Should breastfeeding photos be considered nudity or obscene?
by Michele Zipp
Take a look at how many photos you have on your phone. If you are like me, you have around 1,623. Wow. I really should do something about that. I should print some -- put an album together -- so I can free up some storage. One mom decided to do just that. She had hundreds of photos that she was having printed at her local Sam's Club in Oxford, Alabama. Some of those photos includes pictures of her breastfeeding her baby. And when she went to pick up those photos, the clerk at the store first refused to give her the ones containing nudity -- nudity of the breastfeeding variety.
These "obscene" photos were picked out of her batch and put on the side, along with some photos of her child in the bath. The clerk told the mom about their policy of not giving her the photos that contained nudity. This seems like the clerk is being a bit too literal of the job requirement.
Jerrika Aiken wrote on her Facebook page to the store:
I am honestly outraged that today, the Oxford, AL Sam's Club, tried to refuse me my photos of my children in the bath tub (chest up, not genitals) and of me breastfeeding my son (the breastfeeding photos showed no area more than a woman would show cleavage, no nipples) The most upsetting part is that breastfeeding is NOT nudity and I feel very discriminated against and embarrassed that there would be any issue with my photos of a completely natural and healthy act. I hope this will come across to the right person, and possibly stop this discrimination which is 100% illegal to discriminate against. I pray no other mother is treated this way at Sam's Club.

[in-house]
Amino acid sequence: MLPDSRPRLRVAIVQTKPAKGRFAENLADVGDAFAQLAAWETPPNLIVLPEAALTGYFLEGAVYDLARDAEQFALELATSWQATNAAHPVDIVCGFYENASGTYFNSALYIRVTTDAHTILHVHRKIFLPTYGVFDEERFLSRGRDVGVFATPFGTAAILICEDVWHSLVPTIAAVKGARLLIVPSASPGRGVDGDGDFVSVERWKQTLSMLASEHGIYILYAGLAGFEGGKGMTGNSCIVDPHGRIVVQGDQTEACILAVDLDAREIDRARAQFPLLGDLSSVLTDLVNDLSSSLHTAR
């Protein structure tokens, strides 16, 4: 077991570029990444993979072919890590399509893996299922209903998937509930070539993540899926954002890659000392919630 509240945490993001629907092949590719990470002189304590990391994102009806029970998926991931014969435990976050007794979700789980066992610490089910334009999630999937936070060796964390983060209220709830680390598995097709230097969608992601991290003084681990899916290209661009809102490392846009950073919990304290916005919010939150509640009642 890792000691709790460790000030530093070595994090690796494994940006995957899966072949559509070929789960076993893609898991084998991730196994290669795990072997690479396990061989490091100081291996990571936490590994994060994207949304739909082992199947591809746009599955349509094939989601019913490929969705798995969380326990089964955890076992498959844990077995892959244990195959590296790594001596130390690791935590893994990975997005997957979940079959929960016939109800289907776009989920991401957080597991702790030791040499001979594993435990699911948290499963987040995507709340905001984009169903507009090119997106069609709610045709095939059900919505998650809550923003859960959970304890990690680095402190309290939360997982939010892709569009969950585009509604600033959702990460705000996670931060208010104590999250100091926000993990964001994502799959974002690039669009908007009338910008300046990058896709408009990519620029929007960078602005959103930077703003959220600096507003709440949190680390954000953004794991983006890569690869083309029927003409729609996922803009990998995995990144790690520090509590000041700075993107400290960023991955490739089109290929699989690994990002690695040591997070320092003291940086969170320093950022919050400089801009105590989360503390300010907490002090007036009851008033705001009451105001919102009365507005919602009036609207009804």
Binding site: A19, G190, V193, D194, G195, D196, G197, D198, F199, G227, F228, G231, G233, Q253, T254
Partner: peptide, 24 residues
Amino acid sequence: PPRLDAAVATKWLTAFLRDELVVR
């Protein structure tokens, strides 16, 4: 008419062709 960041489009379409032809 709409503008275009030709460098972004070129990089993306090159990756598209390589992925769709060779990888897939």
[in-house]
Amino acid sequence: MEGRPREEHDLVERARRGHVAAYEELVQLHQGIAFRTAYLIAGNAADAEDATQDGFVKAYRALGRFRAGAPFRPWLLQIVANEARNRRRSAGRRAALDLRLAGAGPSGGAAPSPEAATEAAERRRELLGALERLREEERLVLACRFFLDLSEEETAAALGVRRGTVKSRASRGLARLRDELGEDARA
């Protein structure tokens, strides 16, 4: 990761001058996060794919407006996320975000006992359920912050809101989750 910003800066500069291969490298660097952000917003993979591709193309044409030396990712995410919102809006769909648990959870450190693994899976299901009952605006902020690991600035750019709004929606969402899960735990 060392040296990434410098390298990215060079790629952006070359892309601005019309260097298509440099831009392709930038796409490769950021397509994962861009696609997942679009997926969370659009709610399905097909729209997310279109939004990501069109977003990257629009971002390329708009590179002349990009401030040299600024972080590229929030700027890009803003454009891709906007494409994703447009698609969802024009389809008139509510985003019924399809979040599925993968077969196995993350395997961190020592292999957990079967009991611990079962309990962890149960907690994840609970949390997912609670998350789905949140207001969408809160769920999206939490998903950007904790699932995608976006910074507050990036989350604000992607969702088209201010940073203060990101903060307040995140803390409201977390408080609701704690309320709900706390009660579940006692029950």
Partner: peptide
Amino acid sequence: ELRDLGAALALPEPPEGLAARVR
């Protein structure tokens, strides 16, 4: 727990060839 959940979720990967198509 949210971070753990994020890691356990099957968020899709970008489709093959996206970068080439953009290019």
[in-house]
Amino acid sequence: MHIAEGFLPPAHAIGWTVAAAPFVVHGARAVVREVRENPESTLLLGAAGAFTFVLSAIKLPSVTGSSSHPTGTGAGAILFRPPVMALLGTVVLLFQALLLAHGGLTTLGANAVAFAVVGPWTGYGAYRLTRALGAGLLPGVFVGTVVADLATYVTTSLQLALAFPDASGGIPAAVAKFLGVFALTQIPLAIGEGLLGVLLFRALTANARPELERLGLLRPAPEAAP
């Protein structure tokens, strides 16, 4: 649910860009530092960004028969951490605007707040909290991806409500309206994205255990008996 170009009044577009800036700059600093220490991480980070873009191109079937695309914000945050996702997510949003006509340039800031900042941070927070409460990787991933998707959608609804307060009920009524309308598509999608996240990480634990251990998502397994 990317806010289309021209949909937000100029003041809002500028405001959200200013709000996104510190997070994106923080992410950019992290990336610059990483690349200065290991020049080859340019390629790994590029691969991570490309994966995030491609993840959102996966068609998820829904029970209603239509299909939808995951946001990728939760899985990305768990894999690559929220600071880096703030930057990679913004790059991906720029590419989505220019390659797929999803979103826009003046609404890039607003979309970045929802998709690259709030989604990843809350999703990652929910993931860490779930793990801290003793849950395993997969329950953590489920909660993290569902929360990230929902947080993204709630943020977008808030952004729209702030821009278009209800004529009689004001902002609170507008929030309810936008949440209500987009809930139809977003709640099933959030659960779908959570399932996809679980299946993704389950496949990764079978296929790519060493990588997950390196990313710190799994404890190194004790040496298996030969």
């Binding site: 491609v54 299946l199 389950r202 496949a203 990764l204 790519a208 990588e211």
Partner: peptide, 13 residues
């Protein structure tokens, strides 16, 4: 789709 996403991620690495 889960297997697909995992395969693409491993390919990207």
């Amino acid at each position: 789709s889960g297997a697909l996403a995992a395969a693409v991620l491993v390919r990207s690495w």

I agree with her -- no mother should be treated this way, made to feel embarrassed, discriminated against for breastfeeding her baby, for doing what is completely natural. According to Aiken, these photos were printed and then singled out. When she saw the clerk putting some on the side, she knew that they were photos of her breastfeeding. And that's because breastfeeding moms are fully aware of the issues most of the general public have with the sight of a mother feeding her baby. Many nursing mothers have had eyes glaring at them with disgust when they breastfed in public. People complain about seeing moms breastfeed too often.
Let's just take a minute and think about that. Why would anyone complain when they see a baby getting the best nourishment she can get? So I don't see how a photograph is any different. We take photos of ourselves breastfeeding our babies because it is such an incredible bonding experience -- one we want to document and remember for years to come. It's those moments, the fleeting moments when our babies are young, that pass so fast. So we take pictures to remember, to put ourselves back in that beautiful moment long after that moment passed.
We don't know much about the employee. Maybe he or she was new on the
job. Maybe he or she was told about this strict no nudity policy and
was just trying to do the right thing. I'm trying to see all sides here.
I do think it was a mistake on the employee's part. Breastfeeding isn't obscene, neither are breastfeeding photos. We all need to realize that the sight of a mother breastfeeding her baby shouldn't be shocking or indecent.
When the manager got involved at the store, they agreed to give Aiken her photos but warned that they wouldn't do it again if she had more another time because it was against their policy. I'm a bit surprised at this, and hoping the incident brings up a conversation at stores who print photos, allowing them to realize that breastfeeding isn't obscene and shouldn't be put in the same category as nude photographs.
What do you think? Should breastfeeding photos be considered nudity or obscene?
Image via David D/Flickr